A life spent rewriting Africa

Obituary (1971 – 2019)

Binyavanga Wainaina

In 2006, I had just left my job at a civil society organisation in Johannesburg, where our key purpose was to push governments to make poverty history. Among my reasons for leaving was disillusionment with the sector. It was in meeting Binyavanga Wainaina through his seminal essay, How to Write About Africa, that I found the words of everything I had hoped, but failed, to say.

READ MORE: Binyavanga Wainaina dies, aged 48

“Never have a picture of a well-adjusted African on the cover of your book, or in it, unless that African has won a Nobel Prize. An AK-47, prominent ribs, naked breasts: use these.

“In your text, treat Africa as if it were one country.”

Here were my jumbled thoughts turned into perfect words. Over time, as one grows, one changes one’s mind about certain works of art. So, too, with me, about How to Write about Africa. I no longer agree entirely with the essay because I question how my pan-African position can have a problem with Africa as a country. That aside, the essay still remains perhaps one of the greatest critiques of the Global North’s engagement with the Global South in general and Africa in particular. I continued reading Binyavanga’s work through his writing in this publication.

Two years after first encountering Binyavanga through his essay, I would meet him for the first time in Accra, Ghana, as part of a delegation of South African writers attending the first Pan African Literary Forum. He had come with his team from Africa’s then most visible and favourite publishing house, Kwani, which Binyavanga had started with some of his winnings from the Caine Prize for African Writing. Among the people with him was his sister, June, who I became quick friends with.

READ MORE: Africa: Bent out of shape

The two had studied in South Africa, loved the country and thought of it fondly. I was two novels in when we met. I immediately took the Kwani team to task. I wanted to get published in Kenya; I had communicated with them the year before and sent them my debut novel. It had been returned to sender. What was up with that?

Binya apologised and hugged me with an exuberance of one who had known me for a long time. It was his way. You would meet him for five minutes and feel as though you had known him your whole life because of the way he opened himself up to people, the way he had no filter. It was the best thing about him, but also the worst. Sometimes those around him whom he embraced so generously would not always be well meaning.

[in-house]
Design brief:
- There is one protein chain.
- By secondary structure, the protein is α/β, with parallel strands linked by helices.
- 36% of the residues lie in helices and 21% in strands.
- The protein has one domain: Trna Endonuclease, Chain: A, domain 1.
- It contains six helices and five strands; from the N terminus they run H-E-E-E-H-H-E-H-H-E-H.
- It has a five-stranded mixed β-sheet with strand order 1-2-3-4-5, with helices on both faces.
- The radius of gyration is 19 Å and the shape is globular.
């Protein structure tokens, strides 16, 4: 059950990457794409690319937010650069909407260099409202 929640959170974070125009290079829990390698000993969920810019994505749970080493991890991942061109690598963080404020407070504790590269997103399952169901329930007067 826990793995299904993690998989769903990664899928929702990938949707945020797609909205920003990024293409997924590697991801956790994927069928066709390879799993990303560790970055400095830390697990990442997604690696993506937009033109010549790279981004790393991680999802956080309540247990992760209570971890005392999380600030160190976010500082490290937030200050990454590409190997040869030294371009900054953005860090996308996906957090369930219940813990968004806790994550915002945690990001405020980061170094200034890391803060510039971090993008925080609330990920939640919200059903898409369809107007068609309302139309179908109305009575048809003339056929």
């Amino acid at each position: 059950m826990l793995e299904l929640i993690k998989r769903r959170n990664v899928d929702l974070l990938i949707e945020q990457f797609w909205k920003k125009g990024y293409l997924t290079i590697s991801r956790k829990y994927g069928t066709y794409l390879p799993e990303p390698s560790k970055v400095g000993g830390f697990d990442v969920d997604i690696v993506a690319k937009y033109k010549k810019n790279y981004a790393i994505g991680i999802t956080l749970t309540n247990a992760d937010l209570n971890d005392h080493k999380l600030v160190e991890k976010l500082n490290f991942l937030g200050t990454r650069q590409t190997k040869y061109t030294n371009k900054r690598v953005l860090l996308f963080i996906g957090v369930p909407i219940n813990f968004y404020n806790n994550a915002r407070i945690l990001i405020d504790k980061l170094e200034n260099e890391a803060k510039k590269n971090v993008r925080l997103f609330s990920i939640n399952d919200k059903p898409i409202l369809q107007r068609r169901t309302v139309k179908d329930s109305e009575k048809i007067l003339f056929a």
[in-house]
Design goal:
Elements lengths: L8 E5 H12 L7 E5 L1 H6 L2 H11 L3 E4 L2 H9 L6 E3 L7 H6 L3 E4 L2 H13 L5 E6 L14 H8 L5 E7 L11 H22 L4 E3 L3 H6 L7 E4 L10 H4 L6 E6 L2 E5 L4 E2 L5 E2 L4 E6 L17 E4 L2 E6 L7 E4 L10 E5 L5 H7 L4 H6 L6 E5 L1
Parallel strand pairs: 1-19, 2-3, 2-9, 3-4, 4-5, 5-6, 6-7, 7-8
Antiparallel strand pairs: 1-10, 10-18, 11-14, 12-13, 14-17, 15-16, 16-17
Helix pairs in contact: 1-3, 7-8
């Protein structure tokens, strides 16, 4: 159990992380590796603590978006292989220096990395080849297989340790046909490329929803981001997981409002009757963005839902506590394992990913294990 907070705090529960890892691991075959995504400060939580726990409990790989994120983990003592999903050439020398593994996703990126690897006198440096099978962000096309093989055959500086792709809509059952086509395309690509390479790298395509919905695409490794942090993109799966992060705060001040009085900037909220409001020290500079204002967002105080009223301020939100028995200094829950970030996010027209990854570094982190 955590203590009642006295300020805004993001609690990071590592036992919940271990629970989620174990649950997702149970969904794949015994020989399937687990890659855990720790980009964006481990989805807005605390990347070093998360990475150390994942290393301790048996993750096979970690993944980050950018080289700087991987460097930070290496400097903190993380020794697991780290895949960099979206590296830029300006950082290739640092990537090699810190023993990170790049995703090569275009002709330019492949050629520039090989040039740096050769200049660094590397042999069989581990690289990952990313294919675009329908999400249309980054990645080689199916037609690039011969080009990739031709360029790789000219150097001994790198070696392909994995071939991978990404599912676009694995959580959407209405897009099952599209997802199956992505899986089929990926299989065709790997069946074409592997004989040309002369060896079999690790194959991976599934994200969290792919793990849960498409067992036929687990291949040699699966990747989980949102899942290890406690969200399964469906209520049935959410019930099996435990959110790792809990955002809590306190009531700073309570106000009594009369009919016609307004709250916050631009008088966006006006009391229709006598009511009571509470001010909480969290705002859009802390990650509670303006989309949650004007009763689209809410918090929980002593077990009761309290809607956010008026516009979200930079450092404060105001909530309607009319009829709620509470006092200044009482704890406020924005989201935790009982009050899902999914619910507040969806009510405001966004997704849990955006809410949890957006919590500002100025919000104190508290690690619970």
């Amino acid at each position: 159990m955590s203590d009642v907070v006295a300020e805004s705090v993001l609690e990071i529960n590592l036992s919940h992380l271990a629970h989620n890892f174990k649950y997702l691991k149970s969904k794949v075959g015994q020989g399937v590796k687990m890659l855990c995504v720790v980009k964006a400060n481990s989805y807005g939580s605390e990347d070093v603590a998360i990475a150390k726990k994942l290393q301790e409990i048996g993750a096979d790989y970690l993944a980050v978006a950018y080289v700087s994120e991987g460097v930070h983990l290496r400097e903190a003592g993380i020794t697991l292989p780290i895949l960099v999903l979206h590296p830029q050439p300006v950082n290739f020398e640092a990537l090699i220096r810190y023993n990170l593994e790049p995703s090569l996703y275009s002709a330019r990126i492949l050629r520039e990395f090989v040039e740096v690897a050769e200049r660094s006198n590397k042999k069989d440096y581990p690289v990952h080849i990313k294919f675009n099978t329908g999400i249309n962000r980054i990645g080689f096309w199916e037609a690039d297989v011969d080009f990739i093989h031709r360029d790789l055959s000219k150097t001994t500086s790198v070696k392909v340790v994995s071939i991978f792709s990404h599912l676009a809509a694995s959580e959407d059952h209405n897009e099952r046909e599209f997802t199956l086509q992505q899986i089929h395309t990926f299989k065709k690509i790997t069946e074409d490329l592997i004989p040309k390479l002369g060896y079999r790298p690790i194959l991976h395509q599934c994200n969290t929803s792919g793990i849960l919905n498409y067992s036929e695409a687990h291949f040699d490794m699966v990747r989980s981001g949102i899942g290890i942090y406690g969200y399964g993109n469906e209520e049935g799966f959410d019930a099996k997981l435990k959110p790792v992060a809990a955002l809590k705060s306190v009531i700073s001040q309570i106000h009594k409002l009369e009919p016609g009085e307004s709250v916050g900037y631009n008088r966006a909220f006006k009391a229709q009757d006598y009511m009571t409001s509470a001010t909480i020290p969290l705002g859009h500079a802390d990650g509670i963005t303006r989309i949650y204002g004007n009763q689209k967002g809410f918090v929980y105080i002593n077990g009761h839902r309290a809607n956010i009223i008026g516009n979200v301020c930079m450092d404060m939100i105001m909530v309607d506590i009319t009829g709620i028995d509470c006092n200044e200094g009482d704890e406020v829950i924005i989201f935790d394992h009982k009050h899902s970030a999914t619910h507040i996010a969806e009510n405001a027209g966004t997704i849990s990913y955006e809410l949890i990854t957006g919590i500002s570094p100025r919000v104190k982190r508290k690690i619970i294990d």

We made arrangements. I would come to Kenya that December and do a reading. That December of 2008, although I did not see him, Binyavanga and I stopped being two writers in the African literary space. We became family. He was in the United States at the time and he sent me a kind email, apologising for not being around. But, his email read: “You are family, feel at home.”

And I did. I had come with my then three-year-old son H, and June picked me up from the airport. My base in Nairobi, as I did my readings, became his Nairobi home, then in Kileleshwa, where I stayed with June and a Ugandan writer and brother, David Kaiza. Through them, Binya’s Nairobi friends became my friends.

H and I spent the Christmas holidays in Nakuru with the Wainaina family. Baba, big brother Jimmy, little sister Chiqy (Melissa) and their children treated me not as a friend to June and Ken (as Binya was known at home) but as the sibling between June and Chiqy. On the first morning in Nakuru, I woke up in a panic because H was not in bed beside me where he had slept.

I was relieved to find him sitting with Baba at the dining table, where the two were engrossed in conversation while they drank tea. It would become a thing for the rest of the holidays, these conversations between the two of them and the tea-drinking that went with it. With both his paternal and maternal grandfathers gone before he was born, Baba was the only grandfather H ever knew.